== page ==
tion of another, though no money or property *The Claimant Agency (Incorporated), Pub- be demanded or extorted thereby, sball

, on lishers and Collectors, Room 120, Laclede conviction, be adjudged guilty of a misdeBuilding, St. Louis, Mo.”

meanor.” It will be observed that tbis section, Wbich said letters, writings, printings, cir- which was numbered 1526, Rev. Stat. 1879, bas culars, and cards were sent out and delivered been amended by inserting the words “credit through tbe United States mails to the said or reputation." The St. Louis court of ap. James Post by said defendants, unlawfully, peals, in State v. Barr, 28 Mo. App. 84, in 1887 knowingly, and maliciously, for the purpose held that the sending of a letter threatening to of, and therein threatening to, in jure the credit publish a person's name in a "dead beat” book, and reputation of the said James Post, by whereby his credit would be ruined, was not bringing him into disrespect and disrepute an offense under $ 1526, Rev. Stat. 1879, bewild bis friends, neighbors, and associates, cause "credit and reputation" were not propcontrary to the forın of the statute in such erty, within the meaning of the section as it Case made and provided, and against the peace then read. It is obvious that the insertion of and digoity of the state.

"credit and reputation" in the next revision Richard M. Jobpson. after the promulgation of that decision was inAsst. Pros Atty. for St. Louis Court of Crimi- tended to cover threats of injury to the credit nal Correction.

or reputation, as well as to property or person. Subscribed and sworn to by James Post, The information sufficiently charges that the Jany. 28, 1896, before the clerk of said court. defendant sent a letter to the prosecuting wit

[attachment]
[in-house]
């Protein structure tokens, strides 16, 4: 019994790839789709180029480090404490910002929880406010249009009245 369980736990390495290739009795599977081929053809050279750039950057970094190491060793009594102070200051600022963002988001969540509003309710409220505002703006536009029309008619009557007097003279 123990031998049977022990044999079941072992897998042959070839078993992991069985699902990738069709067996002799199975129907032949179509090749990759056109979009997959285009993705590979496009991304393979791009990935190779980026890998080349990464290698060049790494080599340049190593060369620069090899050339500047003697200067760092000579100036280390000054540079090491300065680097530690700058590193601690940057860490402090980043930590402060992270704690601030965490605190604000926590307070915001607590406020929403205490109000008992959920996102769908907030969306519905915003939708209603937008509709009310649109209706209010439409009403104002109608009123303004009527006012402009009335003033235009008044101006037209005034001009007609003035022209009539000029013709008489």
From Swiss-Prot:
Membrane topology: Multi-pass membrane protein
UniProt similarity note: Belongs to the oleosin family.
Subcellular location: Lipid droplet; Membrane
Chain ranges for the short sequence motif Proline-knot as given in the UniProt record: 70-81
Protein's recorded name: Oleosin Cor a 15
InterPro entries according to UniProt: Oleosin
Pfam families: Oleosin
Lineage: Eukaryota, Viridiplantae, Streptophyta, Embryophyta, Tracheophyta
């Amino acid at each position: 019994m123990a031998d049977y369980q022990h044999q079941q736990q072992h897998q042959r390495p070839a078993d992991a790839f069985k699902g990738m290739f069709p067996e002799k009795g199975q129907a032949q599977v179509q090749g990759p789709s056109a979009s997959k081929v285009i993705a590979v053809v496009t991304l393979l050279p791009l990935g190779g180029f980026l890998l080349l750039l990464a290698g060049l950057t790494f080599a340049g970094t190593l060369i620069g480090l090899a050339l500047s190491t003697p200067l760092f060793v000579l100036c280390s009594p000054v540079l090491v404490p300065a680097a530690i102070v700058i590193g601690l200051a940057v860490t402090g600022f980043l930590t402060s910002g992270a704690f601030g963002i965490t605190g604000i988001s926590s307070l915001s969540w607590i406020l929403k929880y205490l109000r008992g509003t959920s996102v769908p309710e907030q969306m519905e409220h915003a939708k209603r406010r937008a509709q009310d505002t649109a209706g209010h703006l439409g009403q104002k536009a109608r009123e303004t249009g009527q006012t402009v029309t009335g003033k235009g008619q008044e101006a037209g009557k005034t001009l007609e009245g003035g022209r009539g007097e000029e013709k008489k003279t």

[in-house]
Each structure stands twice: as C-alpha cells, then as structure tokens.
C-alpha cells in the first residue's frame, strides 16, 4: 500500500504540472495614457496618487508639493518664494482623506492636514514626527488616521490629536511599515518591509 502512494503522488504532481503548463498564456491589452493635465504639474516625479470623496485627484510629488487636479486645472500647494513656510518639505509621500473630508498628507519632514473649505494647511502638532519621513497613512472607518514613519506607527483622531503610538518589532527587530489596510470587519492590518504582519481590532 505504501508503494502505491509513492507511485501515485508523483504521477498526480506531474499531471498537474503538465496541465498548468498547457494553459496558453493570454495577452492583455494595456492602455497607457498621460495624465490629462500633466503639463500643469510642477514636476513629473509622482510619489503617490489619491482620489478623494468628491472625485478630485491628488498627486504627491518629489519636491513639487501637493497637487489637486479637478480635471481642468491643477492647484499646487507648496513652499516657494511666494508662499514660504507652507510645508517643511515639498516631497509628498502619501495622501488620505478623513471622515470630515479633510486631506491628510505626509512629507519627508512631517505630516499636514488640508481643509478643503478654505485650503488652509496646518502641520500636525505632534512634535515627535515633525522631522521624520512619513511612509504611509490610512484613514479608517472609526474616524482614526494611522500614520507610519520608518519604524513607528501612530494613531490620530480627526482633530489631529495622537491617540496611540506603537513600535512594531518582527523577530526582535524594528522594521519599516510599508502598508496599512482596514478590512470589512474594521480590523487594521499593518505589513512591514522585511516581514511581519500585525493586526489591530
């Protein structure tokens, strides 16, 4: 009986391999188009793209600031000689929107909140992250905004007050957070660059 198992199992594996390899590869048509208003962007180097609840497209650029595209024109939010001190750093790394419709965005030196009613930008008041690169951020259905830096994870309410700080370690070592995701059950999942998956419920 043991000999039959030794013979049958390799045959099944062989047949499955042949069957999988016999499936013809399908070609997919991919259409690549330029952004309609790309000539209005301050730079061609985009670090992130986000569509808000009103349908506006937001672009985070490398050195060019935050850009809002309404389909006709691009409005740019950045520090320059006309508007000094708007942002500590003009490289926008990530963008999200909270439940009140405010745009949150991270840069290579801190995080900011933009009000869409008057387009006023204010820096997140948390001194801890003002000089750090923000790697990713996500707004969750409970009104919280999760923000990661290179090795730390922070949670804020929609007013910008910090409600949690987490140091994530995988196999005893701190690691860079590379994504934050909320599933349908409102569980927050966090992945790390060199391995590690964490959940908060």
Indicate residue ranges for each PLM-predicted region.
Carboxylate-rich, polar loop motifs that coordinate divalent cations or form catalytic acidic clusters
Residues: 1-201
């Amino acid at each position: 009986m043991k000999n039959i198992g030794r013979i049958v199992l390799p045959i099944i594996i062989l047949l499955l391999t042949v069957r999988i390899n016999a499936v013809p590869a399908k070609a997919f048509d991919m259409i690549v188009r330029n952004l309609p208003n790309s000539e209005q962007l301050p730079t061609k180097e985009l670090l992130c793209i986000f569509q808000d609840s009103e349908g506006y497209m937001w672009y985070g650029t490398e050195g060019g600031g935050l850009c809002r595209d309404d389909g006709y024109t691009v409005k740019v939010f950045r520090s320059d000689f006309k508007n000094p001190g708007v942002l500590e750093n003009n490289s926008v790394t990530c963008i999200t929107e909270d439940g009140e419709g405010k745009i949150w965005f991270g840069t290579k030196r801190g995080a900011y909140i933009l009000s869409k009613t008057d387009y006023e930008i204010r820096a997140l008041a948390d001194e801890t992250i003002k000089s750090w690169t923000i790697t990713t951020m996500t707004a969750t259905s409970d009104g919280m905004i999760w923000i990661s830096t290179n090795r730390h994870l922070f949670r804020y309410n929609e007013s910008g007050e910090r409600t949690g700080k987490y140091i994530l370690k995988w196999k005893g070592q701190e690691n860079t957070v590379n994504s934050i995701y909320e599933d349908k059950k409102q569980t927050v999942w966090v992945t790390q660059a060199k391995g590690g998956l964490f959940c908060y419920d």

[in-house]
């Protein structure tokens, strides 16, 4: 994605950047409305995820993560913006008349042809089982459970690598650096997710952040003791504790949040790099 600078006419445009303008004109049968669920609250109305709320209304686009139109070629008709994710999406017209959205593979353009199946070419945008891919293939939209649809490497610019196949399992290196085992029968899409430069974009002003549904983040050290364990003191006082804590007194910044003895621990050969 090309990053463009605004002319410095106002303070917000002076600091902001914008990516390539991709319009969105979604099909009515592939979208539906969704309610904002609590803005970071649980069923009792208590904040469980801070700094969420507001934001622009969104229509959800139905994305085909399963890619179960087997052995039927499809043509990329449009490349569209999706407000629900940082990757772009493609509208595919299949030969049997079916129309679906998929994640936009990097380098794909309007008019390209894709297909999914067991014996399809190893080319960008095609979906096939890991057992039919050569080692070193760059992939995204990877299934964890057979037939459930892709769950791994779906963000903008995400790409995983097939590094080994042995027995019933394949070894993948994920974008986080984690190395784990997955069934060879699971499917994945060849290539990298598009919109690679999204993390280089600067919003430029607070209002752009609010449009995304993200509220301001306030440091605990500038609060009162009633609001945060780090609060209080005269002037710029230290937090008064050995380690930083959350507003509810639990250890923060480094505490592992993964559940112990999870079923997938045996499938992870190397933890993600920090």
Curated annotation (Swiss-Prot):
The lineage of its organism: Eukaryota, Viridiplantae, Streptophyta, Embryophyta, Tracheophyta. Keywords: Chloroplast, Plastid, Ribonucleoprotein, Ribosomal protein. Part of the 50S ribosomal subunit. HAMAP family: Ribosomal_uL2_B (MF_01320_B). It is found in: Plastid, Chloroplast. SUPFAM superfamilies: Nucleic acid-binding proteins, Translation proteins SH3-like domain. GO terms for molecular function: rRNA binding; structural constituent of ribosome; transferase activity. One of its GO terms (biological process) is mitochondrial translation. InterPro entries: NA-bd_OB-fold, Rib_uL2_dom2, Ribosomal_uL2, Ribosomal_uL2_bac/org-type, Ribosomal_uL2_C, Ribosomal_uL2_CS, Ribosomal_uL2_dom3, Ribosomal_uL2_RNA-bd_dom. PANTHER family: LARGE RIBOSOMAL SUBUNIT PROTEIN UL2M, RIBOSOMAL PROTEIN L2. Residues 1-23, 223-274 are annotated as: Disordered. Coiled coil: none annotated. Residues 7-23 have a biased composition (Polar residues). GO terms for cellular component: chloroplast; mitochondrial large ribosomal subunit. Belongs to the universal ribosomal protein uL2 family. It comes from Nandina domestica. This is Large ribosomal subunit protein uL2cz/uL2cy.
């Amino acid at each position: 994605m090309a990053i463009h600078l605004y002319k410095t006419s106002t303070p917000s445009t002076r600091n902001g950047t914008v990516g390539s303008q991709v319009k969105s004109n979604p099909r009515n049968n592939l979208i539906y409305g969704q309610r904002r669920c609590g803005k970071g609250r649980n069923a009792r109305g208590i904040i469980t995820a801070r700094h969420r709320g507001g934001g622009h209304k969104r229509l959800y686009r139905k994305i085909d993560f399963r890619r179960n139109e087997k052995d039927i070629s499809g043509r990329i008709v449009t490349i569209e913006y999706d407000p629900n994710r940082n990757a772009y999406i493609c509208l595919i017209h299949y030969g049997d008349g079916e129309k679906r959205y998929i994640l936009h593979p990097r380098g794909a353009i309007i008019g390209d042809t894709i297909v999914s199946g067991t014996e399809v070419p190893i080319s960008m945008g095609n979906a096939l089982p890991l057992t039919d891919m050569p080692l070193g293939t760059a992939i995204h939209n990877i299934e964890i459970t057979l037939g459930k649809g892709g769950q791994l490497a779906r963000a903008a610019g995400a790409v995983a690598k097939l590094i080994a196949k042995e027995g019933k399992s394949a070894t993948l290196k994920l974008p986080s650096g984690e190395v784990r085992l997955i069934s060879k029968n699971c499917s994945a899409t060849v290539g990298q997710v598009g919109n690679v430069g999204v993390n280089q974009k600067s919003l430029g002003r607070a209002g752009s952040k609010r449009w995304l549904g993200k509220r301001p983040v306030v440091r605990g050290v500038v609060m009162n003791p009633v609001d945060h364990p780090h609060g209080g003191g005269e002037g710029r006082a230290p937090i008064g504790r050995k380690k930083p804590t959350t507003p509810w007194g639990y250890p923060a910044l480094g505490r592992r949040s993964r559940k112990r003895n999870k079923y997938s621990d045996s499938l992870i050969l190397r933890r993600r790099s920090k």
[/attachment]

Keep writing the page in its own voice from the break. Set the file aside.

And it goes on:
ness which contained circulars and writings On the same day tbe defendants filed their threatening to injure his credit among his motion to quash, in the following words: “(1) neighbors, and fully set out the means and the Said information is not sufficient in law. (2) character of the agencies which would be Said information is not sufficient in substance. adopted and employed to effectually destroy (3) Said ioformation is vague, indefinite, his credit and reputation, to wit, by placing and opcertain. (4) Several distinct charges every month in the houses opposite and adja. against these defendants are alleged in said cent to his residence fifty of the circulars ininformation in one count. (5) Tbe acts closed, directed to his address. charged against these defendants in said in- The point made that there is no allegation as formation are such as these defendants have to what the “Claimant Agency” was, or how an inherent right to do, which right is guar- defendants were connected with it, is without anteed to them, and each of them, under and force, for the reason that it is wholly immateby the Constitution of the state of Missouri, and rial whether it is a corporation or a firm name, under and by the Constitution of the United or wholly fictitious. The offense charged is States of America. (6) Said information fails I that defendants sent these threatening circulars and writings. They are guilty in lending says: “The constitutional liberty of speech themselves to this scheme of destroying the and of the press, as we understand it, implies credit and reputation of the prosecuting wit. a right to freely utter and publish whatever the Dess. They were fully advised in the infor. citizen may please, and to be protected against mation of the nature and character of the any responsibility for so doing, except so far offense with which they were charged.